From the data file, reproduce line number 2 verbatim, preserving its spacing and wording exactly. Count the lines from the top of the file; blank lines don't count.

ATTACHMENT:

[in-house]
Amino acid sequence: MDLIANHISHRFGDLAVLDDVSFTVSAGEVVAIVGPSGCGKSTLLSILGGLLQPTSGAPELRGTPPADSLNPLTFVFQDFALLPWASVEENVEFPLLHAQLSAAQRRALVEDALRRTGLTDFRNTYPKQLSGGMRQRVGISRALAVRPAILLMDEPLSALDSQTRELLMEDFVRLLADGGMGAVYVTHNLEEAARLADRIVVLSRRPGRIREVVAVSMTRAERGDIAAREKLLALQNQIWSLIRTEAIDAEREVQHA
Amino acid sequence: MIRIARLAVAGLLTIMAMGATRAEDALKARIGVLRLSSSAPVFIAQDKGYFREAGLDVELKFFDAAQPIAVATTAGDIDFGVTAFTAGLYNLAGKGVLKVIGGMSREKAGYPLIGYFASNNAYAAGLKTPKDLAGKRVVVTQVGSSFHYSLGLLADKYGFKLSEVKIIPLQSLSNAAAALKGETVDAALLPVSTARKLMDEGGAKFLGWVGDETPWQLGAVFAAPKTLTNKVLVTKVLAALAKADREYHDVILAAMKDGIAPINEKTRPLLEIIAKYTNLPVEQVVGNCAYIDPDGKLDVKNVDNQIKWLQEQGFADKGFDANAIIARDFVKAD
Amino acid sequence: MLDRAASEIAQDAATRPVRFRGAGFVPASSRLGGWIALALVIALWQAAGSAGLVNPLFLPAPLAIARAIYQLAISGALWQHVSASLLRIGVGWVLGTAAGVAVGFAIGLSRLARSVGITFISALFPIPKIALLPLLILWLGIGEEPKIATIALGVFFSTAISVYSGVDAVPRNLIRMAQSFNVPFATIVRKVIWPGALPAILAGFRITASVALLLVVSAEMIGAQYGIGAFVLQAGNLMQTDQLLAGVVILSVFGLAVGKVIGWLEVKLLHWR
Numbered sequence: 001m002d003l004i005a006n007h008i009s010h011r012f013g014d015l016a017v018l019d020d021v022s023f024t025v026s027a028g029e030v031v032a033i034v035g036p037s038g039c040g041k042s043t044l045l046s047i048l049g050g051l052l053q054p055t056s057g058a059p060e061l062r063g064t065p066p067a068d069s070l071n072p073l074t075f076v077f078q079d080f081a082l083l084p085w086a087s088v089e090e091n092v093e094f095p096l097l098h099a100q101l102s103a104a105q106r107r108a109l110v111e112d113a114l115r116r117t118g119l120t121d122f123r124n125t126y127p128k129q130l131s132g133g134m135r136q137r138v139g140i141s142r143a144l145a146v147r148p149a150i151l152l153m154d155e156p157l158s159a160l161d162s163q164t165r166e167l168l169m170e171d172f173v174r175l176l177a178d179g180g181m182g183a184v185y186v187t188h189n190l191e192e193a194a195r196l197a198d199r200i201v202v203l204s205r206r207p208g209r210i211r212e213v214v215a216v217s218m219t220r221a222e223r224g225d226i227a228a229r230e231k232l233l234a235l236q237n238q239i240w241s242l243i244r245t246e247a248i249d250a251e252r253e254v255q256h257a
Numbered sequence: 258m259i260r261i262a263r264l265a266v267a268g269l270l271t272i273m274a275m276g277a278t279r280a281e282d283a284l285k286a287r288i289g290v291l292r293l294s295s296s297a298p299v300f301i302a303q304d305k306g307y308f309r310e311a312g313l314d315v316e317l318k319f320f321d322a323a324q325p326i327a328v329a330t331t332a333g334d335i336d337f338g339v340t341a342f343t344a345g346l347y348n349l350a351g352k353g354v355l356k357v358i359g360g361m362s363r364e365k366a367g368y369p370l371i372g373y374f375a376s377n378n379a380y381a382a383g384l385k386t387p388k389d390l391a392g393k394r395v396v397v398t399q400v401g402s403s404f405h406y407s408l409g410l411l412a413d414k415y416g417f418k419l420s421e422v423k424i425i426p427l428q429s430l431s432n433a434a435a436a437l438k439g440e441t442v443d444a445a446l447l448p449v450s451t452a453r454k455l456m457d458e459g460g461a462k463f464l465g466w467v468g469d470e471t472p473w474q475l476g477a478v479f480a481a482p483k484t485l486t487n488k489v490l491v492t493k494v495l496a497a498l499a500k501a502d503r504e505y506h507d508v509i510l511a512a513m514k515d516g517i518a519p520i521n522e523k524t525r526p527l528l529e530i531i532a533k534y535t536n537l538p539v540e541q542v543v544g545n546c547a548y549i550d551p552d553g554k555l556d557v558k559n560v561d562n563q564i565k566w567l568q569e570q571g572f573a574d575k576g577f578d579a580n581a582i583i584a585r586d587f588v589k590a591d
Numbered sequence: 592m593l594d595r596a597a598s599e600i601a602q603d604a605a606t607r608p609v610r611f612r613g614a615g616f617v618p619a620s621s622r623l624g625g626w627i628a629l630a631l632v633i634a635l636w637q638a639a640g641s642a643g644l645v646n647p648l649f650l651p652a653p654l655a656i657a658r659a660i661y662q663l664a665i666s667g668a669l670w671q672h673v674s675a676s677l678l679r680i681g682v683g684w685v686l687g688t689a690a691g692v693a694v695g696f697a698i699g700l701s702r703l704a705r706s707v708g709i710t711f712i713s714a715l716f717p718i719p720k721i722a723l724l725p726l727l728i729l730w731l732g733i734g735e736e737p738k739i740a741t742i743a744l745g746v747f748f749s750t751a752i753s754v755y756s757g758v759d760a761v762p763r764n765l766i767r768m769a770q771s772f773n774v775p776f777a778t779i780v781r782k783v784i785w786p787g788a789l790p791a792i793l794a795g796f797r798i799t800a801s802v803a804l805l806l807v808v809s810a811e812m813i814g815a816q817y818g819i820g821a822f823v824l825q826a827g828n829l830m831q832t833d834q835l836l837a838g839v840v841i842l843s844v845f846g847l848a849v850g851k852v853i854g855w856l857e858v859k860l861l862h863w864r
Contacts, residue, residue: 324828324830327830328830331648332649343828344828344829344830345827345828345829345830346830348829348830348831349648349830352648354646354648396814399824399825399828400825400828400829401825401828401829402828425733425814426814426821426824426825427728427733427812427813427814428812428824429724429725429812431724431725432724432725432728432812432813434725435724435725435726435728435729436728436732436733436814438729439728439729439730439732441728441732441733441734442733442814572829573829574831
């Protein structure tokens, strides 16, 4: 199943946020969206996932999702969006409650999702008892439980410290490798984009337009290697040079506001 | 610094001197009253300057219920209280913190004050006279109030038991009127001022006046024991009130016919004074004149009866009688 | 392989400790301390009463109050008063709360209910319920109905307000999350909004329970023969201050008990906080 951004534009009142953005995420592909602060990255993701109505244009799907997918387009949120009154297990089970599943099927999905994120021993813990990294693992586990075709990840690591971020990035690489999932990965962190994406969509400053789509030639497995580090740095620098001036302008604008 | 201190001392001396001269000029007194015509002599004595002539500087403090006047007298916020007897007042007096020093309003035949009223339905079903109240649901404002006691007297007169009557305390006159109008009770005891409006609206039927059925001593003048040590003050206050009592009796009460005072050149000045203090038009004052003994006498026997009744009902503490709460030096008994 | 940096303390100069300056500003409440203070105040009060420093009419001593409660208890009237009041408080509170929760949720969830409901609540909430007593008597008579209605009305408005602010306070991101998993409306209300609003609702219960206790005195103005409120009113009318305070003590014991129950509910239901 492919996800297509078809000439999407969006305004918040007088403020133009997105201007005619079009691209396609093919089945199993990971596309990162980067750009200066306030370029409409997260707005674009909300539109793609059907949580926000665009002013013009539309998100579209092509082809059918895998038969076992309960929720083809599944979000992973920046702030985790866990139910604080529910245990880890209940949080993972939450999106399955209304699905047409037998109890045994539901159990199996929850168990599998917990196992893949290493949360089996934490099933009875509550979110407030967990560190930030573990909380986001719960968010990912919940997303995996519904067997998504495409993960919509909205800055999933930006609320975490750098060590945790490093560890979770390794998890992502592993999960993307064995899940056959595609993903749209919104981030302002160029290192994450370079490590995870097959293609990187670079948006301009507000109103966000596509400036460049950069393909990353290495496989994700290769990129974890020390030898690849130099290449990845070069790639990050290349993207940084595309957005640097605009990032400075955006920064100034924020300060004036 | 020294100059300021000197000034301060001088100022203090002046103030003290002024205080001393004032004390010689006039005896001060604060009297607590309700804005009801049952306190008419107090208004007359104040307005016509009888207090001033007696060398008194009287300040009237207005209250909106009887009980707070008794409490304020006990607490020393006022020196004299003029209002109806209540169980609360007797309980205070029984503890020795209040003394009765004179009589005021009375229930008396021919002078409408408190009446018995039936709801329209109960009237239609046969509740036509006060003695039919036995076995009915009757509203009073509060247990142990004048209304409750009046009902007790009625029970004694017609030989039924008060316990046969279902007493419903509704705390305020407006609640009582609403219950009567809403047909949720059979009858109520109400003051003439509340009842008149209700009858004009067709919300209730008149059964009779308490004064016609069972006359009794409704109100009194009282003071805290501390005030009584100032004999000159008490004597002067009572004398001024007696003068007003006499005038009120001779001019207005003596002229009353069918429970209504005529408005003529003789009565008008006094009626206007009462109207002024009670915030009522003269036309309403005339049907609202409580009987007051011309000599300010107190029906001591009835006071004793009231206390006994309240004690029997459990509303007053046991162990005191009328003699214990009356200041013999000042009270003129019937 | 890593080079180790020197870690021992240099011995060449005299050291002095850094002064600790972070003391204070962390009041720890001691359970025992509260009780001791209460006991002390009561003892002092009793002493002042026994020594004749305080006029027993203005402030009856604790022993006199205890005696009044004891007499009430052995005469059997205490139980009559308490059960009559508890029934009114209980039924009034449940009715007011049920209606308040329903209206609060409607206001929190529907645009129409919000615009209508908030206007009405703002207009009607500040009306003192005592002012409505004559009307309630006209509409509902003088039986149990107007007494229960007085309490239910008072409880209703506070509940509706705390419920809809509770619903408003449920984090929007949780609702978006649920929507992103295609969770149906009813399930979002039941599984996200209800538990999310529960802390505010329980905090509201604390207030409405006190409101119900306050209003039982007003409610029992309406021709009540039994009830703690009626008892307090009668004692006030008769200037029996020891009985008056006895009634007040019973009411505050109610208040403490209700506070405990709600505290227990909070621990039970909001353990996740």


Amino acid sequence: MDLIANHISHRFGDLAVLDDVSFTVSAGEVVAIVGPSGCGKSTLLSILGGLLQPTSGAPELRGTPPADSLNPLTFVFQDFALLPWASVEENVEFPLLHAQLSAAQRRALVEDALRRTGLTDFRNTYPKQLSGGMRQRVGISRALAVRPAILLMDEPLSALDSQTRELLMEDFVRLLADGGMGAVYVTHNLEEAARLADRIVVLSRRPGRIREVVAVSMTRAERGDIAAREKLLALQNQIWSLIRTEAIDAEREVQHA